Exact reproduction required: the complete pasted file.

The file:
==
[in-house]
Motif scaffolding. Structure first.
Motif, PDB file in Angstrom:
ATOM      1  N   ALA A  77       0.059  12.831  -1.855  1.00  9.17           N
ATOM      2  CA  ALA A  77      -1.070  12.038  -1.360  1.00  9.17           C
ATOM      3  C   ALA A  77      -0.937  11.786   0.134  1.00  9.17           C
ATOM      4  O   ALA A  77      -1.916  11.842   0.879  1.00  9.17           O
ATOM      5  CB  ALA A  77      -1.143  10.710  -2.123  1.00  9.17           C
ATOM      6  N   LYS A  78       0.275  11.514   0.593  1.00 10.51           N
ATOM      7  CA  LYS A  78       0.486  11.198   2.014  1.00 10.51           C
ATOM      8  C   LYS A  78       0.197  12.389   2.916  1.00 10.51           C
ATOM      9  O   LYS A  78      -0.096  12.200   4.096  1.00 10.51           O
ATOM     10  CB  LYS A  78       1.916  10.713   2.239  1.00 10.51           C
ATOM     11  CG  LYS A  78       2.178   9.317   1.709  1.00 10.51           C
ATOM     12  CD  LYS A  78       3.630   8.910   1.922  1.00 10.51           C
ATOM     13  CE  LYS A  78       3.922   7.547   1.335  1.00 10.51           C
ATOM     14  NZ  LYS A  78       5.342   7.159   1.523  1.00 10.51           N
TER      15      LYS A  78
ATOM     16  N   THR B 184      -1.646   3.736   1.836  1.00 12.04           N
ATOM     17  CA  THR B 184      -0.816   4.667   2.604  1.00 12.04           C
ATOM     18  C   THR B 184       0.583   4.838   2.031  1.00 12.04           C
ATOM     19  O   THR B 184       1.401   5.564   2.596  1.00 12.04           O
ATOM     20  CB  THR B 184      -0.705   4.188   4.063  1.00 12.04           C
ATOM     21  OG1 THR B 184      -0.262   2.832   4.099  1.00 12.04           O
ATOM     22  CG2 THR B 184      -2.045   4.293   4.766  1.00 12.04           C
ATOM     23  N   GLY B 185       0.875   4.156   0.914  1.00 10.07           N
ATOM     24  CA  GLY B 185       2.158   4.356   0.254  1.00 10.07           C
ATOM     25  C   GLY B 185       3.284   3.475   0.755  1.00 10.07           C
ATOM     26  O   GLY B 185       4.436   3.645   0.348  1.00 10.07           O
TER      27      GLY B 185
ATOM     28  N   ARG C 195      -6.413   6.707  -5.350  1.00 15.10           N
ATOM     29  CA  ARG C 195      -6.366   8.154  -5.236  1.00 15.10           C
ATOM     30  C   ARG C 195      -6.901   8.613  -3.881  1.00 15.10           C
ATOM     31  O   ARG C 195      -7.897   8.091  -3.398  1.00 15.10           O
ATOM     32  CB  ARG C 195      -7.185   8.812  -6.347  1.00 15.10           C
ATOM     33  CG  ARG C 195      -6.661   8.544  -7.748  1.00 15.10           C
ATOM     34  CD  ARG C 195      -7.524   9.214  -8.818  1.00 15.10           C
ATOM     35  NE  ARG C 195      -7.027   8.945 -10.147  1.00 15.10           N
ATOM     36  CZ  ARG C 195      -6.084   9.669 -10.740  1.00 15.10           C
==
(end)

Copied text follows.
[in-house]
Motif scaffolding. Structure first.
Motif, PDB file in Angstrom:
ATOM      1  N   ALA A  77       0.059  12.831  -1.855  1.00  9.17           N
ATOM      2  CA  ALA A  77      -1.070  12.038  -1.360  1.00  9.17           C
ATOM      3  C   ALA A  77      -0.937  11.786   0.134  1.00  9.17           C
ATOM      4  O   ALA A  77      -1.916  11.842   0.879  1.00  9.17           O
ATOM      5  CB  ALA A  77      -1.143  10.710  -2.123  1.00  9.17           C
ATOM      6  N   LYS A  78       0.275  11.514   0.593  1.00 10.51           N
ATOM      7  CA  LYS A  78       0.486  11.198   2.014  1.00 10.51           C
ATOM      8  C   LYS A  78       0.197  12.389   2.916  1.00 10.51           C
ATOM      9  O   LYS A  78      -0.096  12.200   4.096  1.00 10.51           O
ATOM     10  CB  LYS A  78       1.916  10.713   2.239  1.00 10.51           C
ATOM     11  CG  LYS A  78       2.178   9.317   1.709  1.00 10.51           C
ATOM     12  CD  LYS A  78       3.630   8.910   1.922  1.00 10.51           C
ATOM     13  CE  LYS A  78       3.922   7.547   1.335  1.00 10.51           C
ATOM     14  NZ  LYS A  78       5.342   7.159   1.523  1.00 10.51           N
TER      15      LYS A  78
ATOM     16  N   THR B 184      -1.646   3.736   1.836  1.00 12.04           N
ATOM     17  CA  THR B 184      -0.816   4.667   2.604  1.00 12.04           C
ATOM     18  C   THR B 184       0.583   4.838   2.031  1.00 12.04           C
ATOM     19  O   THR B 184       1.401   5.564   2.596  1.00 12.04           O
ATOM     20  CB  THR B 184      -0.705   4.188   4.063  1.00 12.04           C
ATOM     21  OG1 THR B 184      -0.262   2.832   4.099  1.00 12.04           O
ATOM     22  CG2 THR B 184      -2.045   4.293   4.766  1.00 12.04           C
ATOM     23  N   GLY B 185       0.875   4.156   0.914  1.00 10.07           N
ATOM     24  CA  GLY B 185       2.158   4.356   0.254  1.00 10.07           C
ATOM     25  C   GLY B 185       3.284   3.475   0.755  1.00 10.07           C
ATOM     26  O   GLY B 185       4.436   3.645   0.348  1.00 10.07           O
TER      27      GLY B 185
ATOM     28  N   ARG C 195      -6.413   6.707  -5.350  1.00 15.10           N
ATOM     29  CA  ARG C 195      -6.366   8.154  -5.236  1.00 15.10           C
ATOM     30  C   ARG C 195      -6.901   8.613  -3.881  1.00 15.10           C
ATOM     31  O   ARG C 195      -7.897   8.091  -3.398  1.00 15.10           O
ATOM     32  CB  ARG C 195      -7.185   8.812  -6.347  1.00 15.10           C
ATOM     33  CG  ARG C 195      -6.661   8.544  -7.748  1.00 15.10           C
ATOM     34  CD  ARG C 195      -7.524   9.214  -8.818  1.00 15.10           C
ATOM     35  NE  ARG C 195      -7.027   8.945 -10.147  1.00 15.10           N
ATOM     36  CZ  ARG C 195      -6.084   9.669 -10.740  1.00 15.10           C